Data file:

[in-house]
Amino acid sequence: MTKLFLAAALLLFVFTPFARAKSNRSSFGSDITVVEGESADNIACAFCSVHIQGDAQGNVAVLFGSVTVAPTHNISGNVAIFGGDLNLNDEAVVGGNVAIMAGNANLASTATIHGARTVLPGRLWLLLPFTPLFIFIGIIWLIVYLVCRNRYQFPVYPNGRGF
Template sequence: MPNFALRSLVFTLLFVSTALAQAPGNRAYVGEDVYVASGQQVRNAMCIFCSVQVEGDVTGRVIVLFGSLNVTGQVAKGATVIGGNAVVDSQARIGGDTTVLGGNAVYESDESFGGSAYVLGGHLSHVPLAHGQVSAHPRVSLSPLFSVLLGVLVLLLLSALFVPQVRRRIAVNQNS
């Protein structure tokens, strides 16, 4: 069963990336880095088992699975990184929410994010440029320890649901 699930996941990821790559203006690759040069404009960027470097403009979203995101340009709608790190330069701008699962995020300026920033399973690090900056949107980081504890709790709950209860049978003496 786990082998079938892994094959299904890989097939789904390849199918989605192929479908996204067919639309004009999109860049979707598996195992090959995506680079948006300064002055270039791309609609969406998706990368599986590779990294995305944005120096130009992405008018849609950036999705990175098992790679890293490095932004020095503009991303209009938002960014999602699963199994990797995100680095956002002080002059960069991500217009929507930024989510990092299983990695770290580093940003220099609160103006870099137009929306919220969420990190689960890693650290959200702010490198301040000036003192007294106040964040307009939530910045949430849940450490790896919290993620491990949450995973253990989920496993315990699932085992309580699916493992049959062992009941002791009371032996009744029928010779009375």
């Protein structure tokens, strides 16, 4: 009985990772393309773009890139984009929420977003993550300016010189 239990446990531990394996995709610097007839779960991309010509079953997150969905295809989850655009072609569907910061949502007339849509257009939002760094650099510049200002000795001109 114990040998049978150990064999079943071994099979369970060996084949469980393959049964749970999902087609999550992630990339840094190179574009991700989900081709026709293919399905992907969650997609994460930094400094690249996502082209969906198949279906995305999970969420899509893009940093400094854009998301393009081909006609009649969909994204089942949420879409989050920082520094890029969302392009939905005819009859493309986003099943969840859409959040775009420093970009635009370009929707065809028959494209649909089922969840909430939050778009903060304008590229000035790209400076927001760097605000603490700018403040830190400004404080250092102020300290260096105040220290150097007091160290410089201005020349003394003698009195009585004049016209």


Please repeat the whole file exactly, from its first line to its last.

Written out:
[in-house]
Amino acid sequence: MTKLFLAAALLLFVFTPFARAKSNRSSFGSDITVVEGESADNIACAFCSVHIQGDAQGNVAVLFGSVTVAPTHNISGNVAIFGGDLNLNDEAVVGGNVAIMAGNANLASTATIHGARTVLPGRLWLLLPFTPLFIFIGIIWLIVYLVCRNRYQFPVYPNGRGF
Template sequence: MPNFALRSLVFTLLFVSTALAQAPGNRAYVGEDVYVASGQQVRNAMCIFCSVQVEGDVTGRVIVLFGSLNVTGQVAKGATVIGGNAVVDSQARIGGDTTVLGGNAVYESDESFGGSAYVLGGHLSHVPLAHGQVSAHPRVSLSPLFSVLLGVLVLLLLSALFVPQVRRRIAVNQNS
């Protein structure tokens, strides 16, 4: 069963990336880095088992699975990184929410994010440029320890649901 699930996941990821790559203006690759040069404009960027470097403009979203995101340009709608790190330069701008699962995020300026920033399973690090900056949107980081504890709790709950209860049978003496 786990082998079938892994094959299904890989097939789904390849199918989605192929479908996204067919639309004009999109860049979707598996195992090959995506680079948006300064002055270039791309609609969406998706990368599986590779990294995305944005120096130009992405008018849609950036999705990175098992790679890293490095932004020095503009991303209009938002960014999602699963199994990797995100680095956002002080002059960069991500217009929507930024989510990092299983990695770290580093940003220099609160103006870099137009929306919220969420990190689960890693650290959200702010490198301040000036003192007294106040964040307009939530910045949430849940450490790896919290993620491990949450995973253990989920496993315990699932085992309580699916493992049959062992009941002791009371032996009744029928010779009375």
């Protein structure tokens, strides 16, 4: 009985990772393309773009890139984009929420977003993550300016010189 239990446990531990394996995709610097007839779960991309010509079953997150969905295809989850655009072609569907910061949502007339849509257009939002760094650099510049200002000795001109 114990040998049978150990064999079943071994099979369970060996084949469980393959049964749970999902087609999550992630990339840094190179574009991700989900081709026709293919399905992907969650997609994460930094400094690249996502082209969906198949279906995305999970969420899509893009940093400094854009998301393009081909006609009649969909994204089942949420879409989050920082520094890029969302392009939905005819009859493309986003099943969840859409959040775009420093970009635009370009929707065809028959494209649909089922969840909430939050778009903060304008590229000035790209400076927001760097605000603490700018403040830190400004404080250092102020300290260096105040220290150097007091160290410089201005020349003394003698009195009585004049016209």